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View Full Version : Looking at my uke collection in my signature...



J_Tay81
01-09-2011, 11:03 AM
...what gaps do you see? What ukulele type/style/make am I sorely lacking? I don't play amped or do gigs. Just for fun around the house for family.

Thoughts?

Plainsong
01-09-2011, 11:09 AM
You're missing a concert scale, and you're missing a "K-brand" or anything with solid koa, just as an idea. What do you see or hear in your ideal uke?

J_Tay81
01-09-2011, 11:18 AM
You're missing a concert scale, and you're missing a "K-brand" or anything with solid koa, just as an idea. What do you see or hear in your ideal uke?

I was looking at a concert scale. This one in fact:
http://www.ohana-music.com/conc/ck65d/master.html

It looks kind of funky and modern (which I like), and MGM has one setup, shipped, with a case for the same price as my local Music Mart.

I like the Makala I got from MGM because the action is just absolutely spot-on; a real joy to play. It just doesn't project too much. I also tend top like a more mellow sound - I dislike a tinny, brash-sounding ukulele.

Here's Ken Middleton picking away at it:
http://www.youtube.com/watch?v=tQu9ufbz5Ag

pdxuke
01-09-2011, 11:33 AM
Depends, of course what you want your collection to look like.

You could add: a made in USA uke (by a Luthier; my Sprucehouse SO for sale is just such an example)
A Vintage Mahogany, like a Gibson, Gretsch or Martin
Certainly a Koa, if that;'s what you like.

I prefer mahogany ukes. But that doesn't mean I won't add a Kamaka pineapple to my collection! But since I like vintage ukes, I'll probably hope for an old one.

So I guess it all depends upon what you want to accomplish with your collection.

experimentjon
01-09-2011, 11:44 AM
You're missing a concert scale, and you're missing a "K-brand" or anything with solid koa, just as an idea. What do you see or hear in your ideal uke?

+1

After you pick up that concert Ohana, you should definitely consider moving upmarket to one of the Hawaiian K-brands. You won't regret the decision. :)

Lori
01-09-2011, 12:21 PM
You might consider a Mainland concert Mango, or maybe for something different a resonator ukulele. A Koa uke is a good addition too. Then there are the long-necked ukes... Super Soprano (concert neck on soprano body), Super Concert (tenor neck on concert body).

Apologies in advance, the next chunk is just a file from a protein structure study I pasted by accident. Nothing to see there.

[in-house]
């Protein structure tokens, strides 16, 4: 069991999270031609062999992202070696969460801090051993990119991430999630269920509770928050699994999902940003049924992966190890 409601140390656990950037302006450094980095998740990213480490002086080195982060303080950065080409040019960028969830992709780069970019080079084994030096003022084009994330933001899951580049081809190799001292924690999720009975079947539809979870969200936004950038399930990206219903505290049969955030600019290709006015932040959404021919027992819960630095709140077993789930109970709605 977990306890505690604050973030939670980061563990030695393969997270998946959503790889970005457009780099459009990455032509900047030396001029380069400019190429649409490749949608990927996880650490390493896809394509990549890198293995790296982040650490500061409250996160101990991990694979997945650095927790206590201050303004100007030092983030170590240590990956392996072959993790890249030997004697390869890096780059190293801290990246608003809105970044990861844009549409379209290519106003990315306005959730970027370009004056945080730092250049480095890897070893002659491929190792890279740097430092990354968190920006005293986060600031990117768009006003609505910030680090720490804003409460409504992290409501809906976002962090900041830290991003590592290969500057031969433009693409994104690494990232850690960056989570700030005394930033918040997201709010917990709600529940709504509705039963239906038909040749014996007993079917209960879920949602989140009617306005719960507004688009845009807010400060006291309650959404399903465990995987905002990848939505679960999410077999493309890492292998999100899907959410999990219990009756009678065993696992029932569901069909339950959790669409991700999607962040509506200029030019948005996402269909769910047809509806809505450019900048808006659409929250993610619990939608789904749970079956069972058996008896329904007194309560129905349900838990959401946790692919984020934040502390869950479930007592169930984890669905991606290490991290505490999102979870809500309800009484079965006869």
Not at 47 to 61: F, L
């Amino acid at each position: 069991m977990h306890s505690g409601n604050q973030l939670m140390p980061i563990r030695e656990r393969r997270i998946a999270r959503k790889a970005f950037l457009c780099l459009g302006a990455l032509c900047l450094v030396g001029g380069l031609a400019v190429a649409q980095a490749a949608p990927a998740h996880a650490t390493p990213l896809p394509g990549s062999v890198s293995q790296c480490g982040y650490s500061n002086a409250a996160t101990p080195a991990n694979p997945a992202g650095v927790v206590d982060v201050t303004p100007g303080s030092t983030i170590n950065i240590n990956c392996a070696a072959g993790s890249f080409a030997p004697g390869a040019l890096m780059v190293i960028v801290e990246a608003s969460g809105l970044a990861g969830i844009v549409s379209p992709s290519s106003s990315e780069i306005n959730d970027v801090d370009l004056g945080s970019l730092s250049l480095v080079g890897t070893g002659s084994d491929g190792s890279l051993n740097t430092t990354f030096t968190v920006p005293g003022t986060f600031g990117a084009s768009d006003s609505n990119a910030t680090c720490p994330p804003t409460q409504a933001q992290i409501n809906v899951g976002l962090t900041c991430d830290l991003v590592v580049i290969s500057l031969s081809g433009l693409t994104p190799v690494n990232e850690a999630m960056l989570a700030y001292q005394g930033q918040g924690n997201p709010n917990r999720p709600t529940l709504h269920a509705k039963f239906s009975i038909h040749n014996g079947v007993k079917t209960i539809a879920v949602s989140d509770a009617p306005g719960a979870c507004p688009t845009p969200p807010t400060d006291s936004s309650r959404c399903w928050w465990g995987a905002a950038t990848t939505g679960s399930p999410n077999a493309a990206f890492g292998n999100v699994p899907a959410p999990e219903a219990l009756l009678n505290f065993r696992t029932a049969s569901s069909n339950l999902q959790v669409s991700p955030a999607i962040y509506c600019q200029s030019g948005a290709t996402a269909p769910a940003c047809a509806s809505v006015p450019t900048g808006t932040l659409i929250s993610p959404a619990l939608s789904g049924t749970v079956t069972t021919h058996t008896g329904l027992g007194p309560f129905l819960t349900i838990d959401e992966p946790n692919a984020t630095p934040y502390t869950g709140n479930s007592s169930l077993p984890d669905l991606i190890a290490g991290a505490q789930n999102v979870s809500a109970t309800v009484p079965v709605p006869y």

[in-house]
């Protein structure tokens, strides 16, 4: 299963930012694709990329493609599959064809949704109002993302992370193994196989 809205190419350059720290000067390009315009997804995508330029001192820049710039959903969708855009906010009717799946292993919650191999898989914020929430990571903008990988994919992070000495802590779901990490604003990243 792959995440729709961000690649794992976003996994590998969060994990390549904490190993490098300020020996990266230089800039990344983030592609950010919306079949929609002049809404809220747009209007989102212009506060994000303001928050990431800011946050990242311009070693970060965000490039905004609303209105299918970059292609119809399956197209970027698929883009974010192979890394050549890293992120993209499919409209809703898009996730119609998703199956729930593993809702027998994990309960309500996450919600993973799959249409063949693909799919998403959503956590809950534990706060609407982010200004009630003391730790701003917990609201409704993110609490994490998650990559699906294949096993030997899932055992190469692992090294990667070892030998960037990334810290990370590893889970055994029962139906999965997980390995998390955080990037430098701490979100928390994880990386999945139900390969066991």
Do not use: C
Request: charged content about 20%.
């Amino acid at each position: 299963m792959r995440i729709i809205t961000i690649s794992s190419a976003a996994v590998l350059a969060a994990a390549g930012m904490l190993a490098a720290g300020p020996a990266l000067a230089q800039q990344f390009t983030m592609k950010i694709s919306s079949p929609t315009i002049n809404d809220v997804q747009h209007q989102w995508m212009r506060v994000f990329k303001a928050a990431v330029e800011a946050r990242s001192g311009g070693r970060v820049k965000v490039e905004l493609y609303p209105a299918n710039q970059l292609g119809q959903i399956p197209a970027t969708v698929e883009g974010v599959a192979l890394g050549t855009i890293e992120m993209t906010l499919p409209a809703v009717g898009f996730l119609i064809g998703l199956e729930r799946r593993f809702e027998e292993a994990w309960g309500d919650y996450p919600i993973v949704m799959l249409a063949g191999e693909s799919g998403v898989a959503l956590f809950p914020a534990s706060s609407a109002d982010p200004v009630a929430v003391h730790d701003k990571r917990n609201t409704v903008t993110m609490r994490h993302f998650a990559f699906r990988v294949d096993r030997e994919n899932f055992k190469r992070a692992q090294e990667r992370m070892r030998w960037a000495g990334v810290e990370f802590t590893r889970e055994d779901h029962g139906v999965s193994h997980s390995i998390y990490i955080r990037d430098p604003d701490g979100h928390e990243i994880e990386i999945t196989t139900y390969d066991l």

–Lori

mybote
01-09-2011, 01:44 PM
You definately need a resonator uke. I jut got a Recording King. Paid $250.00 for it. Changed the strings to Aquilas. Big improvement. I like it.

TCK
01-09-2011, 02:07 PM
I didn't see a baritone in that list either- they are a ton of fun

Skottoman
01-09-2011, 02:09 PM
Do you have one that was purchased on, or represents a special trip? Occasion? That's what you need. You will treasure it most. Regardless of size or look.
Cheers,
Skottoman

Plainsong
01-09-2011, 02:47 PM
The Flea is US-made I think, so technically that is ticked. And there's the custom-made, there's the super-sized. I'll add the idea of the steel string electric and banjo uke. It's all just a matter of saving the pennies. :)

sailor
01-09-2011, 02:56 PM
perhaps a nice, solid Hawaiian concert/super concert?
by the way...how do you like your ohana pk25g? i'm thinking of picking one up this week. love the look, but can't find a lot of info.
cheers.

mm stan
01-09-2011, 04:15 PM
What is your current budget at?? always nice to upgrade into Hawaiian "K" brands...you always could look for a second hand one if budget is and issue...Good Luck!!
Wait till a nice one comes along and save up in the meantime...you have alot of ukes to play anyway....Good Luck!! Happy Strummings.. MM Stan

70sSanO
01-10-2011, 10:34 AM
I see from your "current" signature that you have added a SpruceHouse SO, possibly pdxuke's, so I guess you found something to add.

As others have said, a lot depends on you want your collection to be. I think that it is good to have some direction because it is way too easy to just buy a bunch of ukuleles and then decide that half of them are not the direction you want to go.

I have owned a KoAloha, a great little soprano, but after getting a tenor, I just didn't care for the soprano size. I almost bought a Kanile'a, another great ukulele, but I decided that for me, the non-production, I like to say off-the beaten path ukulele has the most appeal.

John

pdxuke
01-10-2011, 10:41 AM
Here's what I did: I decided that buying and trying many different ukes, even if I then sold some of them at a slight loss, was the cost of my education. I do not regret this; as a result, within the year, I've played many ukes for as long as I needed to be able to tell if they were for me, and if they weren't, moved them out. As a result, a focus has emerged for me. This may work for you as well.

J_Tay81